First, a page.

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Cell Metab. 2019 Sep 3;30(3):493-507.e6. doi: 10.1016/j.cmet.2019.06.005. Epub 2019 Jun 27.

A Breakdown in Metabolic Reprogramming Causes Microglia Dysfunction in Alzheimer's Disease.

Author information

1
Department of Biochemistry and Biomedical Sciences, Seoul National University, College of Medicine, 103 Daehak-ro, Jongro-gu, Seoul 03080, South Korea.
2
Department of Biochemistry and Molecular Biology, Seoul National University, College of Medicine, 103 Daehak-ro, Jongro-gu, Seoul 03080, South Korea.
3
Department of Biochemistry and Biomedical Sciences, Seoul National University, College of Medicine, 103 Daehak-ro, Jongro-gu, Seoul 03080, South Korea. Electronic address: inhee@snu.ac.kr.

Abstract

Reactive microglia are a major pathological feature of Alzheimer's disease (AD). However, the exact role of microglia in AD pathogenesis is still unclear. Here, using metabolic profiling, we found that exposure to amyloid-β triggers acute microglial inflammation accompanied by metabolic reprogramming from oxidative phosphorylation to glycolysis. It was dependent on the mTOR-HIF-1α pathway. However, once activated, microglia reached a chronic tolerant phase as a result of broad defects in energy metabolisms and subsequently diminished immune responses, including cytokine secretion and phagocytosis. Using genome-wide RNA sequencing and multiphoton microscopy techniques, we further identified metabolically defective microglia in 5XFAD mice, an AD mouse model. Finally, we showed that metabolic boosting with recombinant interferon-γ treatment reversed the defective glycolytic metabolism and inflammatory functions of microglia, thereby mitigating the AD pathology of 5XFAD mice. Collectively, metabolic reprogramming is crucial for microglial functions in AD, and modulating metabolism might be a new therapeutic strategy for AD.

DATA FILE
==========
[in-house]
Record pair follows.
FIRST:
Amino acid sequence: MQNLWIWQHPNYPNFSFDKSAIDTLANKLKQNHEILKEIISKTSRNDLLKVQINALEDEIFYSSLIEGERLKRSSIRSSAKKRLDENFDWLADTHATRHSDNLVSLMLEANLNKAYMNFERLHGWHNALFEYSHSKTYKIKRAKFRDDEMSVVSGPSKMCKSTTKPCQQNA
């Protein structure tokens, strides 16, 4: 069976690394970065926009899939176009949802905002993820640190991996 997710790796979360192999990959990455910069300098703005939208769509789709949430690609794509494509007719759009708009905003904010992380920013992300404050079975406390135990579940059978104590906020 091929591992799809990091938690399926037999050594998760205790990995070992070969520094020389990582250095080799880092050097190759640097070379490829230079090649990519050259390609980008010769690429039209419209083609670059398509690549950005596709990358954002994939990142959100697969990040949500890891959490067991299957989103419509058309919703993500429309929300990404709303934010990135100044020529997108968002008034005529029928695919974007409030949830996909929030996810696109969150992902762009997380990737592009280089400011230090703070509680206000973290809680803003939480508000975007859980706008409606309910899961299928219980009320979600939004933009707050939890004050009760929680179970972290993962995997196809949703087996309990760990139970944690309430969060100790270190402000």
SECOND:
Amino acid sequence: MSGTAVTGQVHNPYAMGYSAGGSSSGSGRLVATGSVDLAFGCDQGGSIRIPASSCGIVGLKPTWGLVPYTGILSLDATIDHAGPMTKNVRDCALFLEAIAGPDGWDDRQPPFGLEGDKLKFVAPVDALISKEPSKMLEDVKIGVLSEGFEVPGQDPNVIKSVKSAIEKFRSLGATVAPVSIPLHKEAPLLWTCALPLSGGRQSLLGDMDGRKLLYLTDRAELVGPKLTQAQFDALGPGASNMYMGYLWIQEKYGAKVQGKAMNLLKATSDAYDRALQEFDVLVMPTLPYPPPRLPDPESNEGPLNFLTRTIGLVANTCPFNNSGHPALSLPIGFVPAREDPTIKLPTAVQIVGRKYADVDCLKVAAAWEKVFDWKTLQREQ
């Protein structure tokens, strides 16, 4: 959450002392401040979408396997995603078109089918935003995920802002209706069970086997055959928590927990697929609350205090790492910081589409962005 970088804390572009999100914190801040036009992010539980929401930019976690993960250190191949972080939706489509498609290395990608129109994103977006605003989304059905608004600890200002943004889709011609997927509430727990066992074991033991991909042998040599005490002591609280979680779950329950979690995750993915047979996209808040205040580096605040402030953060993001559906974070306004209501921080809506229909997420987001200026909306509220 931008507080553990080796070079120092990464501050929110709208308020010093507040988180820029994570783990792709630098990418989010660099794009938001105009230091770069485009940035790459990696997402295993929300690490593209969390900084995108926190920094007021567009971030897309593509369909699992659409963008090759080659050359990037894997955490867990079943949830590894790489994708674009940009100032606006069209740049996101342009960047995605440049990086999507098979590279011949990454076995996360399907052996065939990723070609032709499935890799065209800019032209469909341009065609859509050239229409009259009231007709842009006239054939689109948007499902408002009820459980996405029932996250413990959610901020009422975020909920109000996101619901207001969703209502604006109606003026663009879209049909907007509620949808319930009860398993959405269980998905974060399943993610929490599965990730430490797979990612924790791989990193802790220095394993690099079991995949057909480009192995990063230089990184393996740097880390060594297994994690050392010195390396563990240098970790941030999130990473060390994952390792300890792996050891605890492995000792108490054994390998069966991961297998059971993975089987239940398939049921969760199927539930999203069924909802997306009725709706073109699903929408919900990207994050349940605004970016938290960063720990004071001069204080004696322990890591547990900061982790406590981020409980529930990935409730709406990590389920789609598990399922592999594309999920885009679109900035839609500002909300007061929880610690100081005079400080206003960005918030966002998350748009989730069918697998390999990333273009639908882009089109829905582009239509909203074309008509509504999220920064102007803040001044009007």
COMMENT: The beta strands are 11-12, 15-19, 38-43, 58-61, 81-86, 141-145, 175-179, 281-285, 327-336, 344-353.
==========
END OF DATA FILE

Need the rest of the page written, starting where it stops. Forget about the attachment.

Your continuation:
KEYWORDS:

Alzheimer's disease; HIF-1α; IFN-γ; OXPHOS; aerobic glycolysis; amyloid-β; mTOR; microglia

PMID:
31257151
DOI:
10.1016/j.cmet.2019.06.005

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